The name Mike Espy should ring a bell with meat industry participants who’ve been around since the halcyon days of the first administration of Bill Clinton.
That’s because Espy was named by President Clinton in 1993 as his Secretary of Agriculture, the first African-American so named to that position. That appointment followed another “first” for the Howard University-educated lawyer: He was elected as a Democrat to Congress in 1986 from Mississippi’s 2nd congressional district, becoming the first African-American to represent the Magnolia State at the federal level since the Reconstruction Era more than a century earlier.
However, the whiff of scandal dogged Espy’s tenure at USDA. As The Washington Post reported in 1994, there were months of inquiry related to his alleged acceptance of various gifts and perks, including sports tickets, lodging and airfare. Later that year, White House officials discovered that a foundation run by Tyson Foods had provided a $1,200 scholarship to Espy’s girlfriend, Patricia Dempsey.
On Dec. 29, 1994, Espy resigned his post at USDA and in August 1997 he was indicted on charges of receiving improper gifts. However, he refused to enter into a plea bargain agreement with the Independent Counsel, sending the case to trial.
In December 1998, he was acquitted of all 30 criminal charges, despite the fact that Tyson Foods had previously pleaded guilty to felony charges of providing gifts to Espy and more than $20 million had been spent preparing and trying his case, according to news reports back then.
The jury deliberated less than 10 hours before finding Espy not guilty. As one of the jurors told The Post at the time, “This was the weakest, most bogus thing I ever saw. I can’t believe [Independent Counsel Donald] Smaltz ever brought this to trial.”
The newspaper reported that at least four other jurors echoed this view, leaving Espy free to depart from public life, resume his law career and fade into semi-obscurity for the next 20 years.
During and after his term at USDA, I had a couple opportunities to interview Espy, and he proved to be a persuasive speaker, surprisingly conservative politically, given his allegiance to Bill Clinton, and a staunch defender of the nation’s farmers and the larger agricultural community.
Not only that, but his background is linked to the history of the South in ways that provided him with a unique perspective he brought with him into public service.
For example: his grandfather, Thomas Jefferson Huddleston, was born the son of slaves on a Mississippi plantation. Yet he rose to relative affluence during Reconstruction, starting a health insurance company, opening a chain of funeral homes, launching a newspaper and building a hospital in which Espy and his twin sister, two of seven siblings, were born in 1953.
His father, Henry Espy Sr., was an agriculturist who graduated from Tuskegee Institute in Alabama as a protégé of Dr. George Washington Carver, known to schoolchildren as an entrepreneur who developed dozens of uses for peanuts, but more importantly was an advocate for diversifying crop production in the South and improving farming practices to protect the environment and preserve soil quality.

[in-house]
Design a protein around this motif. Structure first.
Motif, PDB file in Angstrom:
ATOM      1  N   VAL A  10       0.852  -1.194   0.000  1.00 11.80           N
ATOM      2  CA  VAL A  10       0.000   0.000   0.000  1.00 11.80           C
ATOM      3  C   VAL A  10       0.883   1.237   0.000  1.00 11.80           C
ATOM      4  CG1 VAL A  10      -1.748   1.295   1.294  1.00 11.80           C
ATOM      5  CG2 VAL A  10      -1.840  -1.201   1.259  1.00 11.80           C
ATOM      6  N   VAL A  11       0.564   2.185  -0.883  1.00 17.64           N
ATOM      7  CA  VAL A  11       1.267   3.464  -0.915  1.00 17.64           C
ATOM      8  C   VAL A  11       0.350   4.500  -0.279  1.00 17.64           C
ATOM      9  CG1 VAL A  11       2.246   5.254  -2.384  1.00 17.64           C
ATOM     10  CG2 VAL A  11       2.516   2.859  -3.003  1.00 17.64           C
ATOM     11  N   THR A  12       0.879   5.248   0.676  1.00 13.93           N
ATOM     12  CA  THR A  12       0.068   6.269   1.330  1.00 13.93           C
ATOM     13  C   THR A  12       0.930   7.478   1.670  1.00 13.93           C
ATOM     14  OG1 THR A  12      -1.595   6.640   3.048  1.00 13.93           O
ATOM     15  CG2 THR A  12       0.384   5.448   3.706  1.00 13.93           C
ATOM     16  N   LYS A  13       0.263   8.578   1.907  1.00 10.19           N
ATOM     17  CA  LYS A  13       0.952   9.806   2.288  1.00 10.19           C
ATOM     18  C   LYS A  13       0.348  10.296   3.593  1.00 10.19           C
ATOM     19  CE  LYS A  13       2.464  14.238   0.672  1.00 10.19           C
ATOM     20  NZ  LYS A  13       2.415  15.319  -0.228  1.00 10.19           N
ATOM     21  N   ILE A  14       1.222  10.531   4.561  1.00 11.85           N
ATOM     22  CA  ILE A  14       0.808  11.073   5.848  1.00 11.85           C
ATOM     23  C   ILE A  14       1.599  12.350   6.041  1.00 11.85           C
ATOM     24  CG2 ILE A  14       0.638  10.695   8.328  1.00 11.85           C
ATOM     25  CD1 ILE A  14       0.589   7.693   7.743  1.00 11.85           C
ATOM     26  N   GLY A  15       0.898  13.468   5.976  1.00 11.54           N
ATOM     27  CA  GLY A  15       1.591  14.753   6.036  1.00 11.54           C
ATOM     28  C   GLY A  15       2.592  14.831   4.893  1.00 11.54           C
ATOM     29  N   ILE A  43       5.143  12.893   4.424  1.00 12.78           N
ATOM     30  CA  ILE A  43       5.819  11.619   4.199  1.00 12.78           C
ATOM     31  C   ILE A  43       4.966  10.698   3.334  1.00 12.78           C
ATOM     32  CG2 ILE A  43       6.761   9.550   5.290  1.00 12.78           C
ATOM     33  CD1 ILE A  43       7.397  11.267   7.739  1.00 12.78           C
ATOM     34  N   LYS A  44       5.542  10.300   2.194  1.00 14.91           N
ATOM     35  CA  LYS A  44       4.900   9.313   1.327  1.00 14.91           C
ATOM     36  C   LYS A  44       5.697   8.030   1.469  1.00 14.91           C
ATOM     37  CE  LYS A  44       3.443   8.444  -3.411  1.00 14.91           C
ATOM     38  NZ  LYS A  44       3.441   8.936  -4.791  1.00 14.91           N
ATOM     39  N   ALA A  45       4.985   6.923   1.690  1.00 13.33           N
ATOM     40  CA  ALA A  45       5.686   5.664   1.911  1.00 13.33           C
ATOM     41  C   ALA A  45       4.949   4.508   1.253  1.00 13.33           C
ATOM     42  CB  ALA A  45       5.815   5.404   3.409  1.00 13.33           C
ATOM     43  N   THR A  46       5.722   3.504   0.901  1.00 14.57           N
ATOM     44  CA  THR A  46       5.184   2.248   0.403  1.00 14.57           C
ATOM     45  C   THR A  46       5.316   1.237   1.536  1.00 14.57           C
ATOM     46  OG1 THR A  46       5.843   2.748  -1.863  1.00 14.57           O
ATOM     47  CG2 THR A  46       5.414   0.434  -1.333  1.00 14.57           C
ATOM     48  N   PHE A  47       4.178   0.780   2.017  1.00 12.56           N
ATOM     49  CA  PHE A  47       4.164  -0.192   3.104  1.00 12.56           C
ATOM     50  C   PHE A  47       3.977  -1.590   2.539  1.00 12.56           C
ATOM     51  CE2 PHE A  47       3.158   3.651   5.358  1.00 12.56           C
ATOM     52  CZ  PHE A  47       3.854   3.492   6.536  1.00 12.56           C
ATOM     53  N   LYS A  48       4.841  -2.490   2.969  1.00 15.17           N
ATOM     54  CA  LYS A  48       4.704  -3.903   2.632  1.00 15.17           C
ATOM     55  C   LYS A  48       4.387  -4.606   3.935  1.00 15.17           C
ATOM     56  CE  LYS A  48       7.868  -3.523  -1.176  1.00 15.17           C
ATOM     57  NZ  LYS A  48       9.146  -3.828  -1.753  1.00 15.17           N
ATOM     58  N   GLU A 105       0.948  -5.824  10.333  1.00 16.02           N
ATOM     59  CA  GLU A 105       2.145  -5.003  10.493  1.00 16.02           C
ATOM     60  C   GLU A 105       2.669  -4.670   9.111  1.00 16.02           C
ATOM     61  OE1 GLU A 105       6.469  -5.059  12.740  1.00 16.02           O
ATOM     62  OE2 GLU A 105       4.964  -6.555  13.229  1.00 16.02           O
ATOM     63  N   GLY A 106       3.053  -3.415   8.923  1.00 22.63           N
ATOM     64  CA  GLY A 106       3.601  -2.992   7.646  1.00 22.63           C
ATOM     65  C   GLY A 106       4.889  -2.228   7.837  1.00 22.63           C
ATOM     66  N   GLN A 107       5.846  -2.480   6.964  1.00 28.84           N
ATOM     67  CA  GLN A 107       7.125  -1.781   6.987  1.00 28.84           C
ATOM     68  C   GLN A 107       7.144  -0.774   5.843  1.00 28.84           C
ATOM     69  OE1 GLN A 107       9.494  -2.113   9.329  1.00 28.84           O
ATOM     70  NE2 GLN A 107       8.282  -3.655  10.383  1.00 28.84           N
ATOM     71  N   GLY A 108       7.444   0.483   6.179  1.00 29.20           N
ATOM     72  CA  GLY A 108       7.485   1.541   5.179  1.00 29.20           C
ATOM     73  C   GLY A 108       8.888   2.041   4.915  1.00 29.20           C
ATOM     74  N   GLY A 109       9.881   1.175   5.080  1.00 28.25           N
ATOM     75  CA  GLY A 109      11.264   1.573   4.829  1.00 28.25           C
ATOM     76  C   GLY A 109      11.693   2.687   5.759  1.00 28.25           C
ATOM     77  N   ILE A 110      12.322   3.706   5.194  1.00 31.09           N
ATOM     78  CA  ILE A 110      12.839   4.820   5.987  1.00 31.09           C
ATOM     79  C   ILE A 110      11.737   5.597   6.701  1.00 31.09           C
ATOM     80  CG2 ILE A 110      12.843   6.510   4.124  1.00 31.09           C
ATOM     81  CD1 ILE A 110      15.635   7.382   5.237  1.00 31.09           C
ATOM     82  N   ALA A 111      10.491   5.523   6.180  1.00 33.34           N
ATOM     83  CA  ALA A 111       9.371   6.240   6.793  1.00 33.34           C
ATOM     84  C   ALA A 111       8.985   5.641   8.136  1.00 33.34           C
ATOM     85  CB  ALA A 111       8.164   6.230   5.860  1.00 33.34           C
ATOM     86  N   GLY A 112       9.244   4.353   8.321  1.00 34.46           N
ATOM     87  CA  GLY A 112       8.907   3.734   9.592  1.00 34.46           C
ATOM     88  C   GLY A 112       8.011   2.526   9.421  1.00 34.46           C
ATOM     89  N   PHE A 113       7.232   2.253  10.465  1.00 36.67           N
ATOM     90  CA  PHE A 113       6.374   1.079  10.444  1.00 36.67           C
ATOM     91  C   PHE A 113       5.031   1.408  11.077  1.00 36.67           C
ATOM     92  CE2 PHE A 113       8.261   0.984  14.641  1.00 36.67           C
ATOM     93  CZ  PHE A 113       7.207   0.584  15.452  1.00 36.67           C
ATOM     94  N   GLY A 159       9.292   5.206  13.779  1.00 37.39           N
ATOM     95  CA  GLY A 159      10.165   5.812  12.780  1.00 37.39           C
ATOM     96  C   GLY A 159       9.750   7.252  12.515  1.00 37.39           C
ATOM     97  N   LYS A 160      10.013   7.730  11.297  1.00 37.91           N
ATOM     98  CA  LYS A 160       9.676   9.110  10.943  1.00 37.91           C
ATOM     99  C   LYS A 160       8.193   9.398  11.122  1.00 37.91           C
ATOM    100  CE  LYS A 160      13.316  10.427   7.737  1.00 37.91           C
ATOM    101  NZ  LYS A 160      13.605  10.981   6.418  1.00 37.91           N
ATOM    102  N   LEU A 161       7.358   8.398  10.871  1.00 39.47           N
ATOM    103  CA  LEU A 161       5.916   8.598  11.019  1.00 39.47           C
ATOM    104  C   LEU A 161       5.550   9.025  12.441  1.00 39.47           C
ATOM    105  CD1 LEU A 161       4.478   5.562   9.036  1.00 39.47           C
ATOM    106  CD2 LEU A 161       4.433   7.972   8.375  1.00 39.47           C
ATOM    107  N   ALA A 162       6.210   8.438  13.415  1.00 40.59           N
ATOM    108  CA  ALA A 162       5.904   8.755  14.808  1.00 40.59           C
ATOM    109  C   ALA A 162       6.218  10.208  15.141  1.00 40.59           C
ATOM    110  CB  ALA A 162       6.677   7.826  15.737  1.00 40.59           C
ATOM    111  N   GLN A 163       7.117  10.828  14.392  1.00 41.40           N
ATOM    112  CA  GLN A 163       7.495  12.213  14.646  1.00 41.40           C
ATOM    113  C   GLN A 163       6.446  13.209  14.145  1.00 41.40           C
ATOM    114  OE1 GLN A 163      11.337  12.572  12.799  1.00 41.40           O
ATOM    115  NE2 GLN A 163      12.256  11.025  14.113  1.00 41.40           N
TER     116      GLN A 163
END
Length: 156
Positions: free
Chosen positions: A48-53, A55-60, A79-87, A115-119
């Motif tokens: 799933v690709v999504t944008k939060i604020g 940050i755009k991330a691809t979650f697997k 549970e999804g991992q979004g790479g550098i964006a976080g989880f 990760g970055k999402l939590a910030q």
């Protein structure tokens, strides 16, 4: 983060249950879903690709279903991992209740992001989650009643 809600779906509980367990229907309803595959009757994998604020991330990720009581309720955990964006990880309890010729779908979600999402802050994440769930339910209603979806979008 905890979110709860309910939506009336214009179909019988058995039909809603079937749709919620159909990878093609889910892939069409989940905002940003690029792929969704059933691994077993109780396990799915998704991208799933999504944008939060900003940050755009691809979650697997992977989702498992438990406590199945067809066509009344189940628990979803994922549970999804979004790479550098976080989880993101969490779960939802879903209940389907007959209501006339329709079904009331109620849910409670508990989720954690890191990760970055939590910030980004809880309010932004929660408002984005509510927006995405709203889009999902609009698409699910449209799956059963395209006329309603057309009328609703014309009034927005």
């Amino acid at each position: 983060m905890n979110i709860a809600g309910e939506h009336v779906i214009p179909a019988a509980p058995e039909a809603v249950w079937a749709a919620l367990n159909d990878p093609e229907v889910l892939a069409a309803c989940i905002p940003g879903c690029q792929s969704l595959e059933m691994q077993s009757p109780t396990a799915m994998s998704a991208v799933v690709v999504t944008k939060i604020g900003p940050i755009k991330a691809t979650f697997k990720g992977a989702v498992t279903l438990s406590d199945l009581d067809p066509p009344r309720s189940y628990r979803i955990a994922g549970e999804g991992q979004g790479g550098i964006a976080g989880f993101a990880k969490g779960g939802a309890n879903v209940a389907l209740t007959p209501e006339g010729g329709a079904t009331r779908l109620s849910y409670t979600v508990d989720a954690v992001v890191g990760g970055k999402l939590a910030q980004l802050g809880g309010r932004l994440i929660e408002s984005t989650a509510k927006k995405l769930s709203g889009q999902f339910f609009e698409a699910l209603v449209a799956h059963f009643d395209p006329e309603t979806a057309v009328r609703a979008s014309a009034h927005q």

Henry Espy became one of the first black USDA County Extension agents in Arkansas, and Mike apparently inherited the agricultural gene. In comments during interviews and in his statements as USDA secretary, he criticized the federal bureaucracy as too often cumbersome and unresponsive to the needs of farmers. He also said government assistance to train and educate a new generation of farmers — especially farmers and producers of color — needed to be a priority, and he offered unqualified backing for market support programs.
I still remember asking him a “gotcha question” concerning a report circulating in the mid-1990s that revealed that many larger farmers were reaping hundreds of thousands of dollars annually in USDA payments. Doesn’t such largesse betray the principle of providing “a helping hand?” I asked. Can you really justify the fact that many Midwest and Western growers are earning more from conservation set-asides and market support payments than they are from selling their crops?
He answered that while such programs could always be fine-tuned, food and forage production are vital to the nation’s security, and that if it takes subsidies to keep some farmers in business and their farms in production, it was an investment well-spent.
“If [farmers] qualify for the programs, then they deserve whatever payments they get,” he said. “It’s not the size of some people’s checks, it’s the commitment to maintaining the viability of agriculture that matters.”
That left me without much of a comeback, and I had little choice at the time but to move on to other topics.
Fast forward to 2018, and as a candidate to fill the Senate seat of retiring Sen. Thad Cochran (R-Miss.), Espy is described as a conservative-leaning moderate (a good thing), an advocate for agricultural investment and research (a very good thing), and despite a past that will no doubt re-surface as his campaign shifts into high gear this fall, a thoughtful, creative-minded leader who, if elected, would be one of the very few senators who would unashamedly put the nation’s agricultural community high up on the list of priorities where it deserves to be.
I’m sending him a check to help his campaign, with a request: Can I ask a follow-up to that failed gotcha question from back in 1994?
Editor’s Note: The opinions in this commentary are those of Dan Murphy, a veteran journalist and commentator.